It is funny to review this production, as if it were a new piece of theatre. Meanwhile, it currently holds the title for being the longest running show at Disney’s Animal Kingdom Theme Park. Here is to another twenty-three years in the jungle!
Ted Wioncek III is a Walt Disney World Annual Passholdin’-D23 lovin’-DVC card carryin’-Theme Park Journalist, whose work has garnered him a reputation as a “master in storytelling.” He specializes in theatrical review, food critique, travel planning, and double-blind Dole Whip taste testing. Ted lives in sunny Florida with his beautiful wife, Kimberly, and their adorable rescue beagle, affectionately named, Professor Indiana Bones. You can contact him at TheRealTraderTed@gmail.com. You can also enjoy his tips for visiting the parks at his YouTube channel, The Disney Passport.
3 thoughts on “Theatrical Review: Does Celebration of The Festival of The Lion King Still Hold Up?”
It’s a great show and all, but the level of praise being heaped on here seems a bit excessive (and, honestly, like something you’d read on the Disney Parks Blog and not here on TP). “Throughout the 30-minute showcase, each performer will live up to their name as they seamlessly charm their way into our hearts.” “Though his presence is intimidating (bringing forth lightning inside the enclosed indoor arena, no less) the script does little to explain that he is not Scar, but simply temporarily embodying the infamous villain for this brief vocalization.” WHAT?!?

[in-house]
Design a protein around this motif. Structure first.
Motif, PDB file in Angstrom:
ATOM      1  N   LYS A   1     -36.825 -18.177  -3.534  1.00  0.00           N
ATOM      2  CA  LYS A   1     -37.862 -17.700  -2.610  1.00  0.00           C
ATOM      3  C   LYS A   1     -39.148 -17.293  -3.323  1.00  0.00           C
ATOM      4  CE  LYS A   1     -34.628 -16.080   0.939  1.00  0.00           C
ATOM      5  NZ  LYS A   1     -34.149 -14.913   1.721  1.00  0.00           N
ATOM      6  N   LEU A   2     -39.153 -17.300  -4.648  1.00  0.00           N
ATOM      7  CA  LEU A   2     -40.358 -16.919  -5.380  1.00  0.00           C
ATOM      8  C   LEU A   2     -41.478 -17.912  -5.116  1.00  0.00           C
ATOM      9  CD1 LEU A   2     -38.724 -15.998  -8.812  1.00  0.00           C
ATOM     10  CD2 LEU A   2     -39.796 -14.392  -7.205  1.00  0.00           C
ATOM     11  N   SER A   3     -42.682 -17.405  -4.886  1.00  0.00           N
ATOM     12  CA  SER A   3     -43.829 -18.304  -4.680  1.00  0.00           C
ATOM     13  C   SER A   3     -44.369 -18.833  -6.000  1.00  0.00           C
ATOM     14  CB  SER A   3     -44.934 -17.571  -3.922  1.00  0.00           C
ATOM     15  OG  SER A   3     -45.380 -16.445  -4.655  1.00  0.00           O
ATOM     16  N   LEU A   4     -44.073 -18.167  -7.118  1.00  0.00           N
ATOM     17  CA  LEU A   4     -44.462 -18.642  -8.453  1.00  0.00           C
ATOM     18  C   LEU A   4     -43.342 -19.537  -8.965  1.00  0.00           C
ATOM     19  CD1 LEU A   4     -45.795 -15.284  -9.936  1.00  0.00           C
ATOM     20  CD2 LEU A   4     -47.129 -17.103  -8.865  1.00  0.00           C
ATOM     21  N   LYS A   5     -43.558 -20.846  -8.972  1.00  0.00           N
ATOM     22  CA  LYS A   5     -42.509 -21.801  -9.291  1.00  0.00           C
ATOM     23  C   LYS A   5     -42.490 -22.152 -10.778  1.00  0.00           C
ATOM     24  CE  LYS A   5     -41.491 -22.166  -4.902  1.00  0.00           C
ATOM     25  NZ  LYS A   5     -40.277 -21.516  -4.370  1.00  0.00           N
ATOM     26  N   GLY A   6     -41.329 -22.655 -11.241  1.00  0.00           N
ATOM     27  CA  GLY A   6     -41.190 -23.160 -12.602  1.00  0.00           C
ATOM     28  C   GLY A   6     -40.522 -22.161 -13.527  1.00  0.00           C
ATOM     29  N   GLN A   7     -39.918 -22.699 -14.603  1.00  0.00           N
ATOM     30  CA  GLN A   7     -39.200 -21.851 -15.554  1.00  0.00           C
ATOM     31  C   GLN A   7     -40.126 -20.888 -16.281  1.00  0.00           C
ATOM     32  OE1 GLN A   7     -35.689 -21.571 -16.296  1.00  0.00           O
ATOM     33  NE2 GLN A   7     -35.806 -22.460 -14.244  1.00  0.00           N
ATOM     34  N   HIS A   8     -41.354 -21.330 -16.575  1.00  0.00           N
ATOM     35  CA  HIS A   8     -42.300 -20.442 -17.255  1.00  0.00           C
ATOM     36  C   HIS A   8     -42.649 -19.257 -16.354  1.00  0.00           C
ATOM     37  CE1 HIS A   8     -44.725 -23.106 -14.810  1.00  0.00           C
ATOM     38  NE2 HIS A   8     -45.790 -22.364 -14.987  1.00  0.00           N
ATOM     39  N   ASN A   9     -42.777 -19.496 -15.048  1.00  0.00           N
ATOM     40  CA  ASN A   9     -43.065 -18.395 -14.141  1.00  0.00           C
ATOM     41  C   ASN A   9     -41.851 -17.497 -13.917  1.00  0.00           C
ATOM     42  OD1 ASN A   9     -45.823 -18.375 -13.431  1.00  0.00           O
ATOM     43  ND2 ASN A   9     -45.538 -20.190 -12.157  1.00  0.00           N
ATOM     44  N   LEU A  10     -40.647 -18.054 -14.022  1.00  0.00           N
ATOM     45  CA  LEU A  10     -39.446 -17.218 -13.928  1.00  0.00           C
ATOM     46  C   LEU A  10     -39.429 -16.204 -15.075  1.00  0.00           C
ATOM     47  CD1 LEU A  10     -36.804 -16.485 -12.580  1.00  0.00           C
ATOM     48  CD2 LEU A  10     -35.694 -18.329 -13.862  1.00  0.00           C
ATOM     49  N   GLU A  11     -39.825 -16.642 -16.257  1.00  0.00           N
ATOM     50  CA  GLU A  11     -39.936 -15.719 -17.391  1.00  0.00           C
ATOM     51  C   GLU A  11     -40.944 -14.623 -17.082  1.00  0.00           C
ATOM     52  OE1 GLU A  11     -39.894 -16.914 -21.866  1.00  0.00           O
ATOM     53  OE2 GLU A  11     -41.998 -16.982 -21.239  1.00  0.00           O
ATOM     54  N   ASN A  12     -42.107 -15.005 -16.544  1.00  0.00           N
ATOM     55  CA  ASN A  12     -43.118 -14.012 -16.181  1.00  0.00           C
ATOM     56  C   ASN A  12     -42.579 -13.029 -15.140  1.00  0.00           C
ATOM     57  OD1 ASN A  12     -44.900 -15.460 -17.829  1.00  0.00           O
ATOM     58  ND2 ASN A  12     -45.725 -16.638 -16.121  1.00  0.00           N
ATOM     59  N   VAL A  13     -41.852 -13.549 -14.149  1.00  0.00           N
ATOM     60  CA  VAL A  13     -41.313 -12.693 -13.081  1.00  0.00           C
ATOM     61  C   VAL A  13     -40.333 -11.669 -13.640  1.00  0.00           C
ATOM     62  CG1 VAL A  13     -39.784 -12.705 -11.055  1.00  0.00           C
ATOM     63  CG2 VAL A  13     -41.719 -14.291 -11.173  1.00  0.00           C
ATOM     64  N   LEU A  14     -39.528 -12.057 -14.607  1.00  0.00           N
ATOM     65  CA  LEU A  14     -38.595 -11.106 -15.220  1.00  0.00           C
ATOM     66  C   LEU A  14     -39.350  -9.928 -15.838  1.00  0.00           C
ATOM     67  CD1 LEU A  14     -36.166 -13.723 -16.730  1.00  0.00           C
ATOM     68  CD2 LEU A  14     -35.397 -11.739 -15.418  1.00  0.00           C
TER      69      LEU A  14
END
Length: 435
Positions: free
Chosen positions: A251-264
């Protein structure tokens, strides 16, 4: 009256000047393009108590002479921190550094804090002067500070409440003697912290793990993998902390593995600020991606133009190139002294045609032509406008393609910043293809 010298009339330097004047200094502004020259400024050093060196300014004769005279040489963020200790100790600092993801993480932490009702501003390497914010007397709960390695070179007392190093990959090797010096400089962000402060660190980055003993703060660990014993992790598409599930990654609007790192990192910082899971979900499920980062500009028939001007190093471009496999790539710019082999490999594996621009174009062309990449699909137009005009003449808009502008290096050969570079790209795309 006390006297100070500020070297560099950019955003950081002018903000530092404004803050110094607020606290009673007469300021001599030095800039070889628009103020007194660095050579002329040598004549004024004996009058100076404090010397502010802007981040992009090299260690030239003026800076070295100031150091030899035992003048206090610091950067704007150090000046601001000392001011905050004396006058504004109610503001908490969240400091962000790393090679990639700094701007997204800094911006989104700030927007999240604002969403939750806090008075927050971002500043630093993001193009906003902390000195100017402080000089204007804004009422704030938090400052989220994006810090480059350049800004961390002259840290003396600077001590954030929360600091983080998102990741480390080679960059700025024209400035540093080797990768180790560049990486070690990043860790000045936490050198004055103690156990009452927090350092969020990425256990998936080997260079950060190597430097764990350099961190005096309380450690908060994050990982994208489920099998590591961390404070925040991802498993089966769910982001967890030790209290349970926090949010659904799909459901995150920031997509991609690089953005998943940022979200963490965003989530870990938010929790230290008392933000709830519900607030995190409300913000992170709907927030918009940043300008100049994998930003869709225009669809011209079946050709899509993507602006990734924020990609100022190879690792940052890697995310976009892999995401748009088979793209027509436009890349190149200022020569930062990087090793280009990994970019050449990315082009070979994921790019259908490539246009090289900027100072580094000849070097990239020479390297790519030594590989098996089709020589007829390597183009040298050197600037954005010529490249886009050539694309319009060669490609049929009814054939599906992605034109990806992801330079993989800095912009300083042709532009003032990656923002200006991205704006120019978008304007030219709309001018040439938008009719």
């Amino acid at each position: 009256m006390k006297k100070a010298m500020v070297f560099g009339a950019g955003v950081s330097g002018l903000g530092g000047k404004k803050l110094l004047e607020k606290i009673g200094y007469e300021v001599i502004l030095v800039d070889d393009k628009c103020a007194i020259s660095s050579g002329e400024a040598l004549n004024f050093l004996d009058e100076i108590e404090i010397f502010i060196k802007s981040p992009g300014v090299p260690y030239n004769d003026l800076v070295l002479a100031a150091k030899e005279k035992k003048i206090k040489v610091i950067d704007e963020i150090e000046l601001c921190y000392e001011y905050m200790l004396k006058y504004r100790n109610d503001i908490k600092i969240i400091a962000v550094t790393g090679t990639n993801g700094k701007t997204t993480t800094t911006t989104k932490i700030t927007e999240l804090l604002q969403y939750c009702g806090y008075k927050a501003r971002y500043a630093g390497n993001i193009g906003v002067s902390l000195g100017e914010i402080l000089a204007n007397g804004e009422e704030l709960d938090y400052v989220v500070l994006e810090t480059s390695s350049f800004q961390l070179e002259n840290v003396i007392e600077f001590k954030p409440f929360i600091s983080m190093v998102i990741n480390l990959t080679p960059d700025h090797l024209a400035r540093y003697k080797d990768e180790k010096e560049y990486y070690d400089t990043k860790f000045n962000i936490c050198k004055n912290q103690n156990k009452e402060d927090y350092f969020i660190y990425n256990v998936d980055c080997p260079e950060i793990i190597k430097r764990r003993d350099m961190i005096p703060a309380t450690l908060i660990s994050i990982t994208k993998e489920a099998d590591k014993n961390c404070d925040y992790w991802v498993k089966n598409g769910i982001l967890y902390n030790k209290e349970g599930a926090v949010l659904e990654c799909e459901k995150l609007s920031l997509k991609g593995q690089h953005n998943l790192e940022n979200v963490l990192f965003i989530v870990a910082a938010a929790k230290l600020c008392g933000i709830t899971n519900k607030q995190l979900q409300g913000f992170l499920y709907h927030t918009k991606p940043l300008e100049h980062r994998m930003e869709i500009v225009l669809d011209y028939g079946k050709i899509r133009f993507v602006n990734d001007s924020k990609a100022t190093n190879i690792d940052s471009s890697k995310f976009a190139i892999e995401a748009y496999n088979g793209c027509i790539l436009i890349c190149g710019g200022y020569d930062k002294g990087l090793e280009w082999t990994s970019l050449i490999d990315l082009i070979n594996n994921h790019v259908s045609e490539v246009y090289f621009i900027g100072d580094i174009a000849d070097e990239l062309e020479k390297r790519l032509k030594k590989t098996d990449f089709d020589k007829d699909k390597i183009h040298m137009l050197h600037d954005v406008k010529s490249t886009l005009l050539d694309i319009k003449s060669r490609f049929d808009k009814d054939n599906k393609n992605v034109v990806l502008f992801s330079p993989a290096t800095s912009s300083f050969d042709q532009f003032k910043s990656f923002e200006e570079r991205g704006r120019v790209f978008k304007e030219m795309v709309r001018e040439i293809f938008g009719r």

It should also be noted that the normal show is much better than the current “Celebration” version. The current version removes the segments where the audience gets to know the 4 narrators and is assigned their “animal” sections, the tumble monkeys (widely considered the show’s highlight), the air acrobatics during Can You Feel the Love Tonight, and the audience participation at the end of the show. 1100+ words, but no acknowledgement that the current presentation of the show is an abridged version?
The show doesn’t just “take its cue from previous parades” in how it presents Simba/Pumbaa/etc, it literally re-uses the old Celebration of the Lion King parade floats. FotLK was quickly slapped together as a temporary offering in “Camp Minnie Mickey” after the original intended use of that space, Beastlie Kingdomme, was cut from the budget. But just like the original Fantasmic at Disneyland, FotLK proved popular enough that the temporary offering became a permanent one.
So, can we get a straight answer on whether or not things like the bird acrobats in “Love Tonight” are there? (They were not there when I saw the show, but admittedly, that was in May.)
They are not. As noted in my (long) comment above, they are still presenting the “Celebration of the Festival” show, not the actual “Festival” show. No tumble monkeys, no bird acrobatics (those performers are in the show, but she doesn’t fly), no audience participation, and a much smaller ensemble than usual.